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Monday, December 21, 2020

Mirror Test

Taking photos under the overhead wires by using a mirror.

     Cameras are too big to be able to take photos from a scale persons height. So I had the idea of placing a mirror on the layout at a 45 degree angle and aiming the camera down at the mirror that I wanted to try out:

You can actually make out the bottom edge of the mirror in this photo. And since the photo was taken in a mirror, I had to flip it in a photo editing app.

    It kinda worked! I was able to get a very low POV. Not bad for a quick and dirty test. The photo is a little 'foggy', I suspect that's due to my little mirror being rather old. There is also some ghosting effects going on that is quite prominent on the forward pole of the trolley. This is due to my little mirror being a 'regular' (second surface) mirror.

The mirror set up.

    For this photo of my mirror set up, my camera was sitting on the layout. This is the lowest I can get my lens to the ground and still we are about at the roof level of the trolley looking downward. So this mirror technique seems to be viable.

    I'm encouraged by these results. So I'll order a new 'first surface' mirror that should be more clear and eliminate ghosting, and continue to experiment.

Yes sir! Continue to experiment!


Monday, December 07, 2020

Observations Regarding the Window Functionality on the SDERy Class 5, 400 Series Cars.

Random open windows on streetcars make for a nice touch on models, and while studying the windows on the SDERy 400's I discovered something rather interesting about how they function. 

(and I mean "interesting" as far as windows functionality could be interesting).

On the builders photo I noticed that the 3rd, 6th, 7th, and 10th transom windows are either frosted or opaque. But that's not all...

...they appear to be the only transom windows that are able to open (by tilting in) on these cars.

The transom window arrangement is surprisingly evident on this congery of 400s out for a stroll on Broadway.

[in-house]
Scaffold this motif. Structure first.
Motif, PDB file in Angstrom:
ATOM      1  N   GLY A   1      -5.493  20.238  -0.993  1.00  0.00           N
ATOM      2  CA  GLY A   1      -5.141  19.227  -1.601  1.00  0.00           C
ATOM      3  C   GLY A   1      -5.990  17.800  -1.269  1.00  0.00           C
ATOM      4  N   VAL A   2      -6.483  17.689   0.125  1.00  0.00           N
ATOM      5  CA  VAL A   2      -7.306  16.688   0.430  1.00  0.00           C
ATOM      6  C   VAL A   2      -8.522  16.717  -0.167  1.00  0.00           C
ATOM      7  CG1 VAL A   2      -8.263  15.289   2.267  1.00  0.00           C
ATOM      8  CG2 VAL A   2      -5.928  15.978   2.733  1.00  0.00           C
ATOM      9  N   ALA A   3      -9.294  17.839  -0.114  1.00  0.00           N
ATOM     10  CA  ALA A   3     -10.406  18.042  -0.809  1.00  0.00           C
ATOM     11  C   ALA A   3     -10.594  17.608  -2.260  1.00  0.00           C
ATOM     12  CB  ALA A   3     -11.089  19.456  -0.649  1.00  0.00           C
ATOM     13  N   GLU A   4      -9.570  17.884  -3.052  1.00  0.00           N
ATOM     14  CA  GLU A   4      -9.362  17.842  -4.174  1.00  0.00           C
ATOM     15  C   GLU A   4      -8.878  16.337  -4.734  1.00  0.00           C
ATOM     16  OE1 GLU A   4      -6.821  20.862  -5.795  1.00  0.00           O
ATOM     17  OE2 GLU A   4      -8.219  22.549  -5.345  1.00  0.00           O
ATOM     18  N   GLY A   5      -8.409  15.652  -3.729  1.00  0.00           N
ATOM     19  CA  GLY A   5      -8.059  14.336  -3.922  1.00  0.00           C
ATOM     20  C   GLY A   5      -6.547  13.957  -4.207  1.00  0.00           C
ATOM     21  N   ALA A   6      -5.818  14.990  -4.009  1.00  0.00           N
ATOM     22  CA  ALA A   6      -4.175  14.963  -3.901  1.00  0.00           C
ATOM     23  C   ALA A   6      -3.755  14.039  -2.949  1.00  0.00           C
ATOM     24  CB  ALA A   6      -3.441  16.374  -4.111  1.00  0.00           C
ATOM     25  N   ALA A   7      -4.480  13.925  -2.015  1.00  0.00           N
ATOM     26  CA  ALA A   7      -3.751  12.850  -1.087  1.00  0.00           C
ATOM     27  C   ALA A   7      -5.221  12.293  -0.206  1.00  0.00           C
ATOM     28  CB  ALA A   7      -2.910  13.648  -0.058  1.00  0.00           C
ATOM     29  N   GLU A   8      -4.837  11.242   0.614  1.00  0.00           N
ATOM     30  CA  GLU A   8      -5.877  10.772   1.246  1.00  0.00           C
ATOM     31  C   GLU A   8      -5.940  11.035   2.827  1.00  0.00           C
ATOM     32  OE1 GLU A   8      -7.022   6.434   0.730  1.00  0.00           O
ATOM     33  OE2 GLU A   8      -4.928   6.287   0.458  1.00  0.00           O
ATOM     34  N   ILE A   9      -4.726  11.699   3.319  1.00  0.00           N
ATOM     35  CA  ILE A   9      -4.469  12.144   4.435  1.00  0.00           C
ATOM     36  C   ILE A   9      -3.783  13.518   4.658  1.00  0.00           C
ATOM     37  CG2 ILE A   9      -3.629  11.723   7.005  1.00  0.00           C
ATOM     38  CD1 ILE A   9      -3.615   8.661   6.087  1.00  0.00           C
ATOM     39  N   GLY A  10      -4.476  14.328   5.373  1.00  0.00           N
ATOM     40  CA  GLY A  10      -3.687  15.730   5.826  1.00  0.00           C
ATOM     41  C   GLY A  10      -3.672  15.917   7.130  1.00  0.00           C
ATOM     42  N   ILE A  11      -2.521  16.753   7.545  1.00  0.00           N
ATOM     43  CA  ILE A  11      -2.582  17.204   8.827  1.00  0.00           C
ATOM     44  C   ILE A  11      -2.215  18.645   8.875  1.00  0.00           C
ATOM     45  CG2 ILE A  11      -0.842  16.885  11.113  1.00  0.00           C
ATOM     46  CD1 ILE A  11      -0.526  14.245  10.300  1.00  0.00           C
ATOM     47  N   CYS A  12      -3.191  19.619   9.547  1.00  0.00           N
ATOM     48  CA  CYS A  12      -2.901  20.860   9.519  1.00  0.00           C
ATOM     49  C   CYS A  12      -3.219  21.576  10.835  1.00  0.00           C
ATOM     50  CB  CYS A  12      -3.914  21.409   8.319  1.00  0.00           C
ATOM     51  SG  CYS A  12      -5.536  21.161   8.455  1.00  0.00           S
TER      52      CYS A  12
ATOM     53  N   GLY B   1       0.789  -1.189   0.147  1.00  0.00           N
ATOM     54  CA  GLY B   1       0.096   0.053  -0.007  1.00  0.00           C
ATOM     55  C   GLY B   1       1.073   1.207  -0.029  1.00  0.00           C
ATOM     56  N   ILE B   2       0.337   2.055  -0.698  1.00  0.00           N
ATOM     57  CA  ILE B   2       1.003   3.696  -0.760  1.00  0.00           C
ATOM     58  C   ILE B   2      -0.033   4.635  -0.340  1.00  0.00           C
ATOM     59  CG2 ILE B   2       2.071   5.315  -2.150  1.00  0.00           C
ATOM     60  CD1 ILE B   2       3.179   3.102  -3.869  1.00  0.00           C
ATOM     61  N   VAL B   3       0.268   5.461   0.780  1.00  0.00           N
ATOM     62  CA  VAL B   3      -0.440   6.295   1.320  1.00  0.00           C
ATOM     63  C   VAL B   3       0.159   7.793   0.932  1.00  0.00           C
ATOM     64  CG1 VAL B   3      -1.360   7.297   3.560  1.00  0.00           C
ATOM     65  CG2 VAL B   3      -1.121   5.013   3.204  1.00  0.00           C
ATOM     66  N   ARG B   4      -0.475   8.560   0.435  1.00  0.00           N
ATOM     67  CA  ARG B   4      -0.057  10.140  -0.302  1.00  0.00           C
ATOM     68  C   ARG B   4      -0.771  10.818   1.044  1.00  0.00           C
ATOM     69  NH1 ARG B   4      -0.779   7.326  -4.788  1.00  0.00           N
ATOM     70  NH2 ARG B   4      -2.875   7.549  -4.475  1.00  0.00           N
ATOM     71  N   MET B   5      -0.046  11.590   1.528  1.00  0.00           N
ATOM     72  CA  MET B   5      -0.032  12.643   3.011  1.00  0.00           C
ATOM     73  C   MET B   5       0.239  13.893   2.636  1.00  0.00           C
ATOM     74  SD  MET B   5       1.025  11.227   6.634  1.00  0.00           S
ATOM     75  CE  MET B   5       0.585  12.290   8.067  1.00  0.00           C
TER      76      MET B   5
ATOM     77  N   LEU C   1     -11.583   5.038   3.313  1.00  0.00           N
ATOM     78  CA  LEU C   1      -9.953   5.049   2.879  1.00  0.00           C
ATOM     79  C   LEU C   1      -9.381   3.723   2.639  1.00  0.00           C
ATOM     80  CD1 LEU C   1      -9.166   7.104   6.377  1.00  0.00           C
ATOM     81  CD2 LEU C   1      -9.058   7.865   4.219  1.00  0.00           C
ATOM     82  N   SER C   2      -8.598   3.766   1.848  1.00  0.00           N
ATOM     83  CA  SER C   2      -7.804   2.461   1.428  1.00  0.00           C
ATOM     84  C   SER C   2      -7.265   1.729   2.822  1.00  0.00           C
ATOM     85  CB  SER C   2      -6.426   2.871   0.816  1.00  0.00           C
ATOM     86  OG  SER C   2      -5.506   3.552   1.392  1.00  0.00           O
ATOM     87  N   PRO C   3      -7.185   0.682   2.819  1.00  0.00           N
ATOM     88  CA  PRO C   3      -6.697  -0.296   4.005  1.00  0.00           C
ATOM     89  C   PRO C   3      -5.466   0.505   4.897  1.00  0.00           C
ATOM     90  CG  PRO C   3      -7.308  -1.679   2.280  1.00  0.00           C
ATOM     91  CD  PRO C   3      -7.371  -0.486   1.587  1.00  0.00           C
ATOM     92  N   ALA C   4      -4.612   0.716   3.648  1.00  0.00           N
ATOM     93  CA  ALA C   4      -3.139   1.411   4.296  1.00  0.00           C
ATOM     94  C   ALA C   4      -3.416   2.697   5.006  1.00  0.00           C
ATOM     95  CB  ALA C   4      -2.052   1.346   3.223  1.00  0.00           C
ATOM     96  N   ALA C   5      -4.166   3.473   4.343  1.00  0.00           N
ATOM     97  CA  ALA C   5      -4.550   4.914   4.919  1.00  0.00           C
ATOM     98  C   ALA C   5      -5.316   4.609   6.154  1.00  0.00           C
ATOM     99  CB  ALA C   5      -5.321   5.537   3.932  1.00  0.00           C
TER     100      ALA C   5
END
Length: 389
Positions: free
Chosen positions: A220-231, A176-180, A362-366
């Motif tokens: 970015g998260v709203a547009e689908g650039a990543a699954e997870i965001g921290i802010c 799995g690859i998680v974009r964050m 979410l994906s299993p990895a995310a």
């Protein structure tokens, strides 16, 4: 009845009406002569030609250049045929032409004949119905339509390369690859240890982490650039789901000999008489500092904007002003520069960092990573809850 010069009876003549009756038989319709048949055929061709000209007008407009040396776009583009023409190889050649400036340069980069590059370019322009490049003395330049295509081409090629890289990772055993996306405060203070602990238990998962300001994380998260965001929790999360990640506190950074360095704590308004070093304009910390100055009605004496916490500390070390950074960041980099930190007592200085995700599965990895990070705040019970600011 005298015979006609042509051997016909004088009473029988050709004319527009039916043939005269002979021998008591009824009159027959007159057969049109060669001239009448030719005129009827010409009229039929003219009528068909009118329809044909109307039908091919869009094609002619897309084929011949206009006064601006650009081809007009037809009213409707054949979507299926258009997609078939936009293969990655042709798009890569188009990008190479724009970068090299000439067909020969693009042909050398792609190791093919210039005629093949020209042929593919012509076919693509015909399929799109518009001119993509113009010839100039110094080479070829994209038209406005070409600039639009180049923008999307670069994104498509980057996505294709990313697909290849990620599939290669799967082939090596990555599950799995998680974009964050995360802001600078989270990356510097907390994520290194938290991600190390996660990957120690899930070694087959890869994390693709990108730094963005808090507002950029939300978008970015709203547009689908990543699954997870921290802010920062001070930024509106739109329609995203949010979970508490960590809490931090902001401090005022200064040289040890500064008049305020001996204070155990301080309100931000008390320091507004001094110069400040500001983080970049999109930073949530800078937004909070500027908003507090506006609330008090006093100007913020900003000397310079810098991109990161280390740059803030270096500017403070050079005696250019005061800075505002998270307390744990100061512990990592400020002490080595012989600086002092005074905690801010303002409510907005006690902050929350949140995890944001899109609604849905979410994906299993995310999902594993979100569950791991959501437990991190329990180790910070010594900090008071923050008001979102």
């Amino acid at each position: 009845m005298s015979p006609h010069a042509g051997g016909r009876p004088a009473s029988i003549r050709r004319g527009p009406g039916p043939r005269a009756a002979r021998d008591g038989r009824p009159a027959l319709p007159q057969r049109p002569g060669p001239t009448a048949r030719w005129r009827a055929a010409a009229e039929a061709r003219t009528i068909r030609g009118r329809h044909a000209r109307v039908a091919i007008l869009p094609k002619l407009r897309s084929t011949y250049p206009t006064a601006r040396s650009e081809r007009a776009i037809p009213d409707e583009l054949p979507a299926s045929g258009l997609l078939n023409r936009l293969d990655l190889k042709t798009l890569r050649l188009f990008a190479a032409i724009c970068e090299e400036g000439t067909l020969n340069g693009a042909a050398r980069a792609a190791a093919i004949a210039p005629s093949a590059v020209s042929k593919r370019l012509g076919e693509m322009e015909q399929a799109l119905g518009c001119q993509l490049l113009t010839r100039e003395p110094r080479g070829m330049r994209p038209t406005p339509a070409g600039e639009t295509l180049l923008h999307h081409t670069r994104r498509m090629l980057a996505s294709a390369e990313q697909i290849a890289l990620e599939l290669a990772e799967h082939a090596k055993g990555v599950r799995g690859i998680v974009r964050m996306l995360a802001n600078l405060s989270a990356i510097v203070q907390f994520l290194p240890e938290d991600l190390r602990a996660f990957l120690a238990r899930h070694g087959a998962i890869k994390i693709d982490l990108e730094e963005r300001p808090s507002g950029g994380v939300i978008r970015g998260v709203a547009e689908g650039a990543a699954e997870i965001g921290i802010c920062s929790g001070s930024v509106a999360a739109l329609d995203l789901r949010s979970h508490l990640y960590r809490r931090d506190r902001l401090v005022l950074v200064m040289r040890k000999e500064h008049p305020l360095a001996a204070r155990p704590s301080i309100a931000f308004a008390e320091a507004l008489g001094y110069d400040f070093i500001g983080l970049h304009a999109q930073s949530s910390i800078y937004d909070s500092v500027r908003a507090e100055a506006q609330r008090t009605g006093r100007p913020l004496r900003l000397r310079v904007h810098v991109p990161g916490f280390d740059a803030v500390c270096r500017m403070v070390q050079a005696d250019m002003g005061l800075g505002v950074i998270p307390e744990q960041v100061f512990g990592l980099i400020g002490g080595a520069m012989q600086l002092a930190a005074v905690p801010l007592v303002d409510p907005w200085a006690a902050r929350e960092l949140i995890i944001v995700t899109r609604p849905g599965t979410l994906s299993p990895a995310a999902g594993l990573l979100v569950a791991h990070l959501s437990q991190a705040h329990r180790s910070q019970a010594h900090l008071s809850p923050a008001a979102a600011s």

Because these transom windows were able to be opened it appears that the regular windows below them were fixed in the closed position.

    This interior view of a 400 reveal that the transom windows in question (3rd, 6th, 7th, and 10th) have the pull shades mounted on the lower window while all the remaining windows have full length window shades that could cover both the transom and regular windows.

    Then it appears that sometime during the SDERy's transition to the green and cream color scheme (1931) , the transom windows became permanently closed and all the lower windows were able to slide up. In this photo the 3rd, 6th, 7th and 10th lower windows are all open. The open windows on the front of the car was typical with many streetcars of that era which allowed for a nice breeze to blow through while the car was in motion (an early form of "air conditioning").

    So armed with this knowledge of how the windows work on the 400's, I "opened" some windows on my model by filing away the lower sash and soldering in a new strip of brass higher up the window opening. I decided not to try modeling the tilted transom windows as it seems to be even more tedious than what I've already done. Though I might be able to represent it by simply bending back the clear styrene when it comes time to add the widow glaze after the car is painted. Otherwise, this window stuff is rather useless knowledge (am I, and now you, the only ones in the whole wide world to know this?).

Yes sir! Rather useless knowledge!


Monday, November 23, 2020

Boulevard of Electric Dreams

Finally!  All 12 Electroliers are placed and wired.

After pouring a new rubber mold I concentrated on casting the remaining lamps once and for all.

Electrolier combination streetlamp/trolley line poles stand sentry on Grand Ave.
This whole scene is lit entirely by the Electroliers.

The remaining 8 Electroliers freshly cast and receiving their silver paint.